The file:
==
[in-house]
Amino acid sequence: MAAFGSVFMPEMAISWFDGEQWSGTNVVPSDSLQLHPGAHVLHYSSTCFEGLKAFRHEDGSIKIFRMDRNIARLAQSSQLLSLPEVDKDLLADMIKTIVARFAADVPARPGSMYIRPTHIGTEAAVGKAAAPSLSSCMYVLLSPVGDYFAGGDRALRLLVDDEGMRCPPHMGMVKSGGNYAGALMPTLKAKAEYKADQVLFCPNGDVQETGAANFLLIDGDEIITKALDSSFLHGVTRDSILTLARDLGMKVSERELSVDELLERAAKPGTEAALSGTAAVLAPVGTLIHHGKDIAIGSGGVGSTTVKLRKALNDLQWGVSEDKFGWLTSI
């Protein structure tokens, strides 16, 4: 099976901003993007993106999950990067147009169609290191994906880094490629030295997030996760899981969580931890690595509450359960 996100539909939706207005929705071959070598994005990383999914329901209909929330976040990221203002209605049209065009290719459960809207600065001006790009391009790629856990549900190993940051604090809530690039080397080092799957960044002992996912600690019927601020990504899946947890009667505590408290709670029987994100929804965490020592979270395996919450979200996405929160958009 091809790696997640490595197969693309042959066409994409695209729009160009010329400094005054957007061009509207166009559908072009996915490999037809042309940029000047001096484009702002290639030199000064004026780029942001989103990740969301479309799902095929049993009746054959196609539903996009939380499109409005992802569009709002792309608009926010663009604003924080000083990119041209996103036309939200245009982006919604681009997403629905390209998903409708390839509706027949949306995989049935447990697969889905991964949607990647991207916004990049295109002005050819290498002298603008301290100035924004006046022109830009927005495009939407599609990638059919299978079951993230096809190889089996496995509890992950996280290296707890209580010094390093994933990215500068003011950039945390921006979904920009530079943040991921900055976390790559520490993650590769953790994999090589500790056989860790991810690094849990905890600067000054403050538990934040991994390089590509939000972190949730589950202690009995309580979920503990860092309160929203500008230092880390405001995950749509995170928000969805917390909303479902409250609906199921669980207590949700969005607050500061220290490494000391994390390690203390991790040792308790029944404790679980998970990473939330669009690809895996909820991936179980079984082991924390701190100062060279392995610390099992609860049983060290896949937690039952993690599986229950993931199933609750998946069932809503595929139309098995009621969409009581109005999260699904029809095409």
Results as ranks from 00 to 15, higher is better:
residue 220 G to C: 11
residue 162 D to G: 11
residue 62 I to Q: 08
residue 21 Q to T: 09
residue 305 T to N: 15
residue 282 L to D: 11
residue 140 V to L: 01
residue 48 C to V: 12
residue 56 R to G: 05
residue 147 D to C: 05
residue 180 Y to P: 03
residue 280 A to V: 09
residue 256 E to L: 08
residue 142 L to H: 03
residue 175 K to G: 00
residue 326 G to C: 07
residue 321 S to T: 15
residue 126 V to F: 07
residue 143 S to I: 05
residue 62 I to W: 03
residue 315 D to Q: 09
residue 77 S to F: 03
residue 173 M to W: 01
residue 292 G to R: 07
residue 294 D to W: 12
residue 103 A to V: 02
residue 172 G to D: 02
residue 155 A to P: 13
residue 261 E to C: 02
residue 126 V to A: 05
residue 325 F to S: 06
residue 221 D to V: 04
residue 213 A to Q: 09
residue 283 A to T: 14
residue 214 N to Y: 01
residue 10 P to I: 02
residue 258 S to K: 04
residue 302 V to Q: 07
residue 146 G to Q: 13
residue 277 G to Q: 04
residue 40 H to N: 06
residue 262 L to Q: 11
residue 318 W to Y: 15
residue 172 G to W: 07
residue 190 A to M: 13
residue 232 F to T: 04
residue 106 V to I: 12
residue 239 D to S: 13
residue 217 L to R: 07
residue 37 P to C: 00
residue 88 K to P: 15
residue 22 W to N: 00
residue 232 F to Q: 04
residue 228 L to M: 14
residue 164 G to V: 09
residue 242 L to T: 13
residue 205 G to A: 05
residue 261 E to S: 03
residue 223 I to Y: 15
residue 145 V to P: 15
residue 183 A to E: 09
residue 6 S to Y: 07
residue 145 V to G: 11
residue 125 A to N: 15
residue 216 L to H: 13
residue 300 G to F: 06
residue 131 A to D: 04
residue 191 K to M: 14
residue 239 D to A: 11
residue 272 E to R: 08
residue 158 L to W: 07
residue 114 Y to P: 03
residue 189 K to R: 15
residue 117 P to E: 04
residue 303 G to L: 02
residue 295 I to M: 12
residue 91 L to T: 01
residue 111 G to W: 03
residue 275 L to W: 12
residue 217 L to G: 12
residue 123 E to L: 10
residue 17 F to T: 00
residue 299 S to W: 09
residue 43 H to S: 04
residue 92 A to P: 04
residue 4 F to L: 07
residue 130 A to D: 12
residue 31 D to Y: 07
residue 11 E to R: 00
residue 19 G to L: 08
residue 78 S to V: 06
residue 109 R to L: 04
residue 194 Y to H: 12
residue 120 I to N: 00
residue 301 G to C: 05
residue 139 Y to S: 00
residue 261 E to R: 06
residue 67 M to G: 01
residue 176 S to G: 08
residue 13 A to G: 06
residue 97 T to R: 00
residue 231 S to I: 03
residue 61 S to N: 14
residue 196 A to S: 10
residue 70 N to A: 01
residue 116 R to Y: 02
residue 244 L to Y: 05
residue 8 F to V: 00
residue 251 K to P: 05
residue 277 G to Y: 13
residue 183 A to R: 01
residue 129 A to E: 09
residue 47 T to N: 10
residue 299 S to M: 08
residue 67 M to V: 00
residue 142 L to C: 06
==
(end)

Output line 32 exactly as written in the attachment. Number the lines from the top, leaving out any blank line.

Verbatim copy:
residue 155 A to P: 13